When the first of two powerful earthquakes struck near the town of Ridgecrest, some 160 miles northeast of Los Angeles, this past July, geophysicist Andrea Donnellan (PhD ’91) was scuba diving in Hawaii. As a principal research scientist at the Jet Propulsion Laboratory who studies the underlying dynamics of earthquake faults, Donnellan receives automated quake alerts and knows a lot of earthquake experts. So news of that first Ridgecrest quake reached her fast. “I surfaced, and I had 85 text messages,” she says.
Donnellan was soon back in California and out in the field, using a drone to take aerial photographs of a section of the fault system that generated the Ridgecrest quakes, which caused billions of dollars in damage. By periodically taking additional photographs of the system’s surface and manipulating the images with software, she plans to create three-dimensional topographic maps of the area as it changes over time.
This type of information, along with measurements from GPS stations and orbital imaging satellites, helps Donnellan understand how the earth’s crust deforms through the movement of the vast tectonic plates deep below its surface. Other scientists use her findings to generate earthquake forecasts that help shape disaster plans and focus seismic retrofitting efforts to make buildings earthquake-resistant, saving both lives and money.
Earthquakes in California are caused by the motion of the Pacific and North American plates—the world’s two largest plates, covering nearly 70 million square miles—as they grind past each other and fracture the earth’s crust to form faults. When opposite sides of a fault slip violently against one another, the earth literally moves beneath our feet.
Measuring how many millimeters a fault slips or how many centimeters a mountain grows in the wake of an earthquake helps Donnellan develop computer models of fault behavior: how faults rupture, accumulate strain, and even heal over time. “I look at the surface motion,” she says. “From that, I model what’s going on at depth.”
Those models allow Donnellan to suss out the mechanics of what’s happening miles underground. They also improve our ability to gauge the risk of future earthquakes, such as the catastrophic Big One that experts believe will inevitably strike the San Andreas Fault, so that we can better prepare for them.
With enough high-quality data, Donnellan can determine whether a fault system is likely to produce earthquakes at all and, if so, how big they might be.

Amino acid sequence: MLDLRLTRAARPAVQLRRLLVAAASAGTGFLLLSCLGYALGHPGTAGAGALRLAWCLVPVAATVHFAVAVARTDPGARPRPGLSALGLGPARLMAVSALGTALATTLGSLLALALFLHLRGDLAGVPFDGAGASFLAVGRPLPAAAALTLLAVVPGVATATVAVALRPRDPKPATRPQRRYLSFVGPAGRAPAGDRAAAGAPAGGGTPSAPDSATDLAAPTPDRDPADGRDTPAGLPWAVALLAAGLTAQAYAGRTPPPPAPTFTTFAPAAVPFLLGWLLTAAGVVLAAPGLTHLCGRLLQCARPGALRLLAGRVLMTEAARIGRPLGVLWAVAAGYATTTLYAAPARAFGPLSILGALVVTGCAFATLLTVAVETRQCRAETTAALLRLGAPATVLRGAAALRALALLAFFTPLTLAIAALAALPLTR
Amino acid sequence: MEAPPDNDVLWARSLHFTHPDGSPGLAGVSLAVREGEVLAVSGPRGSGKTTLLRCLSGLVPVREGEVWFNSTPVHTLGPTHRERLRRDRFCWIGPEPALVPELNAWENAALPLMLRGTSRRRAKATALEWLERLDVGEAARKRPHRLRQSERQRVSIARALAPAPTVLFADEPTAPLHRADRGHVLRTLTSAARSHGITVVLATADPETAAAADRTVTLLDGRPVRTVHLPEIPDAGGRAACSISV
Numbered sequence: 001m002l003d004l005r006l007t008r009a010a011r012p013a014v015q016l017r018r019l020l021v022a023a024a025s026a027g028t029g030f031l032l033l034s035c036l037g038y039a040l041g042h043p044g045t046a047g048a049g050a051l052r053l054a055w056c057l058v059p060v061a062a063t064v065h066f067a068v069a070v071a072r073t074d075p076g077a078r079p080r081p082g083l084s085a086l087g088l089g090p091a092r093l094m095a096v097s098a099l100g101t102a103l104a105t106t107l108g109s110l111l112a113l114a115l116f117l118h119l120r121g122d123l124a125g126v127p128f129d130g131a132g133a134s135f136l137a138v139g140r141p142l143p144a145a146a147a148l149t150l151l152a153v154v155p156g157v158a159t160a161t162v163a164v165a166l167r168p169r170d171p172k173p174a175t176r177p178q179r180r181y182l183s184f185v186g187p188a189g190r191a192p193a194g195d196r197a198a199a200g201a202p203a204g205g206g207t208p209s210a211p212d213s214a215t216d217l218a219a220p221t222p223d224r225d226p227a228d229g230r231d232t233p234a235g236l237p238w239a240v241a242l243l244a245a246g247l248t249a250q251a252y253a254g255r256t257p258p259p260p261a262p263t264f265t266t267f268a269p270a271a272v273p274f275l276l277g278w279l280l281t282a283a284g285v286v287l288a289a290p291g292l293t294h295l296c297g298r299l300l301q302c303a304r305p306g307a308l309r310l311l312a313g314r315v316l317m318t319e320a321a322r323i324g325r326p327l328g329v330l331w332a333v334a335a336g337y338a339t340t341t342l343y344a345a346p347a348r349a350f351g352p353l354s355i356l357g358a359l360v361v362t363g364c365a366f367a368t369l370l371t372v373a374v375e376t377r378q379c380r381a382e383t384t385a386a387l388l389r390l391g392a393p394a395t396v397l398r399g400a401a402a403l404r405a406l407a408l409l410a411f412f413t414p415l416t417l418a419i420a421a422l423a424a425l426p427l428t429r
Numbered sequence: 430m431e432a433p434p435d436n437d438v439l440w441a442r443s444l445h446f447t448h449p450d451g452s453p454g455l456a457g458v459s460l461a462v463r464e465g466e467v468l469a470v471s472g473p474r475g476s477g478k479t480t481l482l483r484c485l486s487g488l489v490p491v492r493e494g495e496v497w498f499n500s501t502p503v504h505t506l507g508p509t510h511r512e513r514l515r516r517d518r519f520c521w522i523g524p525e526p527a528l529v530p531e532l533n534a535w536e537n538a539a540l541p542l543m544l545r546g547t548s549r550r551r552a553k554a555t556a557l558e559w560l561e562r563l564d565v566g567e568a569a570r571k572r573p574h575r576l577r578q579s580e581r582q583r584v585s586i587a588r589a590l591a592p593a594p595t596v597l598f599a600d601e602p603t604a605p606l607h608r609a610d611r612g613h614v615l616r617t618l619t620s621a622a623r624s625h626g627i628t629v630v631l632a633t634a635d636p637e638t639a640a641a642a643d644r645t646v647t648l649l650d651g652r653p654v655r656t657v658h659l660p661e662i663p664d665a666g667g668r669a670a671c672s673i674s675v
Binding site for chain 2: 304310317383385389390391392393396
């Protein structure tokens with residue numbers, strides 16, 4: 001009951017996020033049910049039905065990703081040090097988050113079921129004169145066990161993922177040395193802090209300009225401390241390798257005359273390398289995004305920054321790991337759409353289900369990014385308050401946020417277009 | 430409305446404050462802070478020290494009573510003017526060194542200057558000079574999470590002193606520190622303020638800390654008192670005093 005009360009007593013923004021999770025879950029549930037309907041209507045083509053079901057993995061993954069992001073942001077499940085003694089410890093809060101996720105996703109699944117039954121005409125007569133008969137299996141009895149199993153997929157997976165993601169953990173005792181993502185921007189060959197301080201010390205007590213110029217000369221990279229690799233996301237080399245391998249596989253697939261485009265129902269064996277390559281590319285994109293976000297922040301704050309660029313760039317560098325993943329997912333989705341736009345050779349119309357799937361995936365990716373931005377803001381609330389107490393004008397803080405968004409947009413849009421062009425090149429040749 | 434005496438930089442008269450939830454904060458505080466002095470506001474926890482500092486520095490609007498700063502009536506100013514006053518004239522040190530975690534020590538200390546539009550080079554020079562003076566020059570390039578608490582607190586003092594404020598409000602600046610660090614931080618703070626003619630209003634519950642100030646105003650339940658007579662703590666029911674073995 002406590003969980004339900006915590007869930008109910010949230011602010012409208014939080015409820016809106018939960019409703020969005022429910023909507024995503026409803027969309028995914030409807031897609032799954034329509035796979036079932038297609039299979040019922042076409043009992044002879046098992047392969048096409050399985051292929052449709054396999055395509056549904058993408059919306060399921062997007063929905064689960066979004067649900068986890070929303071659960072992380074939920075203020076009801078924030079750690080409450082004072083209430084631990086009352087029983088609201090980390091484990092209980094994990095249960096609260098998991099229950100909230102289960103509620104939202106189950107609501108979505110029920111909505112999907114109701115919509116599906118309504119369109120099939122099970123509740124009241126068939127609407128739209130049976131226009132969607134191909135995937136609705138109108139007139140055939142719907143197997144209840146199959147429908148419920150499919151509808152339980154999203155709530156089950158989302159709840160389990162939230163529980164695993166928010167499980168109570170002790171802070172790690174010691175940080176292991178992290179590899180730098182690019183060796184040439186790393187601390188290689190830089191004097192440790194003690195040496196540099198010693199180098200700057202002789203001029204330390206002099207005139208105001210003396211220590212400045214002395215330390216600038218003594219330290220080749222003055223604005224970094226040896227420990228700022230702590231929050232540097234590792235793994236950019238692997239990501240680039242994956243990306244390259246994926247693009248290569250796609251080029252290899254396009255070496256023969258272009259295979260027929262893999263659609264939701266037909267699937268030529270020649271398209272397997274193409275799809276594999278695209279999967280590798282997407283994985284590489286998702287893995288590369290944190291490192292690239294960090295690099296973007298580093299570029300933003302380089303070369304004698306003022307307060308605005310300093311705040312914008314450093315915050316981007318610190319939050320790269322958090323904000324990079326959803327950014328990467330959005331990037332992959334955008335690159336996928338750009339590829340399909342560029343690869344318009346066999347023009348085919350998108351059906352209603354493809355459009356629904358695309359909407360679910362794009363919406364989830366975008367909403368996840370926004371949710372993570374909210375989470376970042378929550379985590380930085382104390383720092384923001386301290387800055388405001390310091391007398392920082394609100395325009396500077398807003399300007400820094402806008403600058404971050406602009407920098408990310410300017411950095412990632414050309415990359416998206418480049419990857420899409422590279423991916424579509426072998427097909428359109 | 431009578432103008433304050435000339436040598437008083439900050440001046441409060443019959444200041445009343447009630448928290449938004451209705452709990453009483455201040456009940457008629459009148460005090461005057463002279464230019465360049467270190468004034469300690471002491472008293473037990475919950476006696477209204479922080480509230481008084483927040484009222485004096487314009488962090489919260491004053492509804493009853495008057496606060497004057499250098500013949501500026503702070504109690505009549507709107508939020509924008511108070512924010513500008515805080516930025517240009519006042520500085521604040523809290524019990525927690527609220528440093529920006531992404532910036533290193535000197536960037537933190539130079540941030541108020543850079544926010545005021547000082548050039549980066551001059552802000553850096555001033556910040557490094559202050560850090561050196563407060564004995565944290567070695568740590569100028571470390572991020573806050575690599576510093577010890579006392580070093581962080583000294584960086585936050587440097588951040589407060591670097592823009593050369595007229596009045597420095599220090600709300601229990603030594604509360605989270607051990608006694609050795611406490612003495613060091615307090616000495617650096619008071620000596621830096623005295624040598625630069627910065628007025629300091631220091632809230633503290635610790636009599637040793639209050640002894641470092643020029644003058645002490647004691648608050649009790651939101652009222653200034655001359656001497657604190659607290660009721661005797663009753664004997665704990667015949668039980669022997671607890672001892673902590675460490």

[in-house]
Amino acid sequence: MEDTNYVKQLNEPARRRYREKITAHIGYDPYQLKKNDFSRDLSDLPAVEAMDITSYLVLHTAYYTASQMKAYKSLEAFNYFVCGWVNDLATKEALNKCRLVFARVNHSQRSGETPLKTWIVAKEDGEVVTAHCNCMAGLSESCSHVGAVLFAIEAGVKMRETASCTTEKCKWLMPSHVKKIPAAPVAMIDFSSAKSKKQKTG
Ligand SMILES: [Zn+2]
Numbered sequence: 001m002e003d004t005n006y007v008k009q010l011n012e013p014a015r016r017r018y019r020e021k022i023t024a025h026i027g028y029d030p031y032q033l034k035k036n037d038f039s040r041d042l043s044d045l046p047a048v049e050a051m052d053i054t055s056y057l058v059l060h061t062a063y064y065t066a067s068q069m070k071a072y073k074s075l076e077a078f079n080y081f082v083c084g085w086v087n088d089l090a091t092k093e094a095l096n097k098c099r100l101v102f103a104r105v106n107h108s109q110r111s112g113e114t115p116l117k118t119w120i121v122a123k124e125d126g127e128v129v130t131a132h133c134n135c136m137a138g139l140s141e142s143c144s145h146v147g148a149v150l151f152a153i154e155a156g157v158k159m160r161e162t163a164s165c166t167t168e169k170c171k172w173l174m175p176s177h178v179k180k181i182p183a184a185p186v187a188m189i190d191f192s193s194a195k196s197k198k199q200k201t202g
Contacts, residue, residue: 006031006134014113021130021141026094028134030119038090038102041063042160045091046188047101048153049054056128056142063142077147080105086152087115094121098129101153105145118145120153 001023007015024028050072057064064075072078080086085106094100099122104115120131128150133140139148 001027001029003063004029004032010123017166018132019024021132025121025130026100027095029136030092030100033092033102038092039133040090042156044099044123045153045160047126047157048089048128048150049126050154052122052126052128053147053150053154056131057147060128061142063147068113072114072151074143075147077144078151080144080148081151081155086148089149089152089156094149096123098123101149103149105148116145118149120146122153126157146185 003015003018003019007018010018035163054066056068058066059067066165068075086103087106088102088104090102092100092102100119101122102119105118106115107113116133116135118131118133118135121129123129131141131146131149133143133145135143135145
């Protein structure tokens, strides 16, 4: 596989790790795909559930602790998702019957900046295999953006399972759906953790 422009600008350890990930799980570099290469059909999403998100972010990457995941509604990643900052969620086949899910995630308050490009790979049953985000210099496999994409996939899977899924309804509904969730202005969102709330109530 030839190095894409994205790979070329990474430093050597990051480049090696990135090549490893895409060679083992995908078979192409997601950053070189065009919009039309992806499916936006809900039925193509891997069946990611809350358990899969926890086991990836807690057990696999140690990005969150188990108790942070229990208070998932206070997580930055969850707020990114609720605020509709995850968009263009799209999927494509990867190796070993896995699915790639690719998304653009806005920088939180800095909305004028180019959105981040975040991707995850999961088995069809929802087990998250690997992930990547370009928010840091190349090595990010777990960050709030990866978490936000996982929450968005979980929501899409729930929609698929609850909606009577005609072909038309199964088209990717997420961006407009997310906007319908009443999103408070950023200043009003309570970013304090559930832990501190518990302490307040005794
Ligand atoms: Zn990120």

Donnellan wasn’t always interested in earthquakes. She started off studying the motion of ice sheets in Antarctica, and her work in glaciology proved so significant that a glacier now bears her name. But when the magnitude 5.9 Whittier Narrows earthquake struck Southern California during her first semester of PhD studies at Caltech, Donnellan switched her focus to faults.
For her doctoral thesis, Donnellan used GPS data to analyze a large fault system in California’s Ventura Basin. It was backbreaking work: At the time, researchers had to lug 90-pound GPS receivers powered by car batteries up mountaintops to gather just a few data points per year.
It was also prescient. Donnellan and several colleagues estimated that the Ventura Basin could generate a 6.4 magnitude temblor, and, within two months, the magnitude 6.7 Northridge earthquake struck the San Fernando Valley along one of the faults she had modeled.
Donnellan is quick to point out that she did not predict when and where the earthquake would occur. No one could have. Experts have gotten better at estimating whether a quake might occur within a fault system within the next 10 years, but predicting that a tremor will strike a specific location on a specific date remains impossible. And the higher the magnitude, the more difficult forecasting becomes. “The big ones are hard,” Donnellan says.
The future of forecasting
Improving forecast accuracy is possible, Donnellan says, but it requires better data and a deeper understanding of the physical processes associated with earthquakes. And Donnellan sees progress on both fronts.
Rather than relying on sparse GPS data alone, Donnellan now can feed her models continuous measurements gathered by a network of more than a thousand GPS stations, along with optical and radar imaging data from airplanes, satellites, and drones. Advances in computing power allow her to run many of her simulations on a laptop rather than a supercomputer, while machine learning and data mining reveal patterns in her data that weren’t visible before.
“I embrace new technologies and see them through—from difficult-to-use and error-prone to operational and scientifically mainstream,” she says.
All of this helps Donnellan see more clearly into the earth. Using radar images and computer modeling, for example, she and her colleagues showed the connection of a fault system that extends all the way from northern Mexico to Southern California. The researchers also gained new insight into how earthquakes transfer stress from one fault to another—findings that could improve estimates of whether a quake south of the border might trigger one in Los Angeles.
The planned launch in 2022 of a new radar satellite that will provide unprecedented global coverage of changes in the earth’s crust will only make things better. (The satellite is being developed through a partnership between NASA and the Indian Space Research Organization, with JPL managing and implementing NASA’s contributions.) “That will give us a fire hose of data,” Donnellan says. And it just might make the science of earthquake forecasting a little less shaky.